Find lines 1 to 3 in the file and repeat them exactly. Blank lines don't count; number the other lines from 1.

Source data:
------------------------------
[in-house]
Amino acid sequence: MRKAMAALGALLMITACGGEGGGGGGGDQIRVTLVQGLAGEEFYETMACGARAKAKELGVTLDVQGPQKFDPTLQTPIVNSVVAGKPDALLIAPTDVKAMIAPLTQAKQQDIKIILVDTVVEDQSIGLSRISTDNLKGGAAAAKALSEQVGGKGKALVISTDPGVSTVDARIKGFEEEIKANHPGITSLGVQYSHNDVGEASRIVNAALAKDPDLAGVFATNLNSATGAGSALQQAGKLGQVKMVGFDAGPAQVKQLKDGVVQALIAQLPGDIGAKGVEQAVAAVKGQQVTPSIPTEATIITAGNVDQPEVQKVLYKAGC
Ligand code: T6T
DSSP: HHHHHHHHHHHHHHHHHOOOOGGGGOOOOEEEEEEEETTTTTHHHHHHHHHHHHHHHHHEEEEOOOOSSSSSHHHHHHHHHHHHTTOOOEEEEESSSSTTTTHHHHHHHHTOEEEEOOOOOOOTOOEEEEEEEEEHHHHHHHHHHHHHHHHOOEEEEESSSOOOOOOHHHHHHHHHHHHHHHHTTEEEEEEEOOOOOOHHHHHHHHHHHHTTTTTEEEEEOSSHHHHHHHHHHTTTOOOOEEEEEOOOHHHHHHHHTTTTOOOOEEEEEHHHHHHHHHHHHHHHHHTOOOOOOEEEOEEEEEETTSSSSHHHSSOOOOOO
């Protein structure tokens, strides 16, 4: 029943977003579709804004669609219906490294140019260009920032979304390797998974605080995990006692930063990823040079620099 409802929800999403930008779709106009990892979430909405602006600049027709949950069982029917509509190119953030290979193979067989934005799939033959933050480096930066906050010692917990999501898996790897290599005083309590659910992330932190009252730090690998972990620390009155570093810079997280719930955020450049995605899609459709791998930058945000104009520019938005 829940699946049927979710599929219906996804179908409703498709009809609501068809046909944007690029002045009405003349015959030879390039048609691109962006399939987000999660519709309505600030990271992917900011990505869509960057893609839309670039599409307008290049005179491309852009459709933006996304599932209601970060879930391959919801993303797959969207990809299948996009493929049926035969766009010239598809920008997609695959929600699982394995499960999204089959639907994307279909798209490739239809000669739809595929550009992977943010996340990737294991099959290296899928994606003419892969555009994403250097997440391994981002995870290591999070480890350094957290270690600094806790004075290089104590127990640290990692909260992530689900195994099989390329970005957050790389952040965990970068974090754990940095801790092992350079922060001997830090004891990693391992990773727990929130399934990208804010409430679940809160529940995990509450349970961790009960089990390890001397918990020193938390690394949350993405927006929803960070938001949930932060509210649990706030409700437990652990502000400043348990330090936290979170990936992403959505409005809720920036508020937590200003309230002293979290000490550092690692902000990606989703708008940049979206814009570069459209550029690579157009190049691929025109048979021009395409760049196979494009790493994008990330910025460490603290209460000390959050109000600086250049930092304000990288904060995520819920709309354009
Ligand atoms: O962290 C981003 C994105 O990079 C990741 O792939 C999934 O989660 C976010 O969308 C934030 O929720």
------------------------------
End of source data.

[in-house]
Amino acid sequence: MRKAMAALGALLMITACGGEGGGGGGGDQIRVTLVQGLAGEEFYETMACGARAKAKELGVTLDVQGPQKFDPTLQTPIVNSVVAGKPDALLIAPTDVKAMIAPLTQAKQQDIKIILVDTVVEDQSIGLSRISTDNLKGGAAAAKALSEQVGGKGKALVISTDPGVSTVDARIKGFEEEIKANHPGITSLGVQYSHNDVGEASRIVNAALAKDPDLAGVFATNLNSATGAGSALQQAGKLGQVKMVGFDAGPAQVKQLKDGVVQALIAQLPGDIGAKGVEQAVAAVKGQQVTPSIPTEATIITAGNVDQPEVQKVLYKAGC
Ligand code: T6T